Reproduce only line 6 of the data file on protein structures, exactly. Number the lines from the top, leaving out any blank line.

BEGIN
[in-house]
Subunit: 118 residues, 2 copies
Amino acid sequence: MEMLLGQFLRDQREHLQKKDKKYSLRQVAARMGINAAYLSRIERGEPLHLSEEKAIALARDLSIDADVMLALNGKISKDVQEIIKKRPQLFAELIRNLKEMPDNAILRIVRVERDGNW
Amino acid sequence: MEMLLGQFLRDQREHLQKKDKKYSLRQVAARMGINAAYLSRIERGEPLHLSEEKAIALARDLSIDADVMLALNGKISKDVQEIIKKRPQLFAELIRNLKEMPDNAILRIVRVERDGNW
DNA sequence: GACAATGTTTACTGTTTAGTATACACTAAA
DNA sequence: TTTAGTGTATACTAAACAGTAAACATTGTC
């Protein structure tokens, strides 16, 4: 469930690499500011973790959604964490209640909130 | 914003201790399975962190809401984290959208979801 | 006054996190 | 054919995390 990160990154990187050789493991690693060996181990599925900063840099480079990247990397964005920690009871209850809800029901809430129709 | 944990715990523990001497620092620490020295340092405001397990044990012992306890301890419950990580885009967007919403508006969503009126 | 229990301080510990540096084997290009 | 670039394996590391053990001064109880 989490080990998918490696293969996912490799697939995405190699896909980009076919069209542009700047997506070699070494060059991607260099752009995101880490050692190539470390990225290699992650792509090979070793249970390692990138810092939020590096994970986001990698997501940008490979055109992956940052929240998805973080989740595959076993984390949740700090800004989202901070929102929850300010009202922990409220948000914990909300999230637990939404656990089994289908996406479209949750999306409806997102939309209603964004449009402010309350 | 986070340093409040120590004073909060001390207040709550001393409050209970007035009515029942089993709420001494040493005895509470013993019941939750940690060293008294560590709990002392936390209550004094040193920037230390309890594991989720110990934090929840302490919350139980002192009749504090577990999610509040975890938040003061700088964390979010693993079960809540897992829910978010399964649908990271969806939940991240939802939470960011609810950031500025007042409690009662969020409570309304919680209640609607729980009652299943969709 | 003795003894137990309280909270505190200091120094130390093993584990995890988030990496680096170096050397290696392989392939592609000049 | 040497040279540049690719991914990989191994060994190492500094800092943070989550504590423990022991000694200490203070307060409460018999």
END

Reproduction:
DNA sequence: TTTAGTGTATACTAAACAGTAAACATTGTC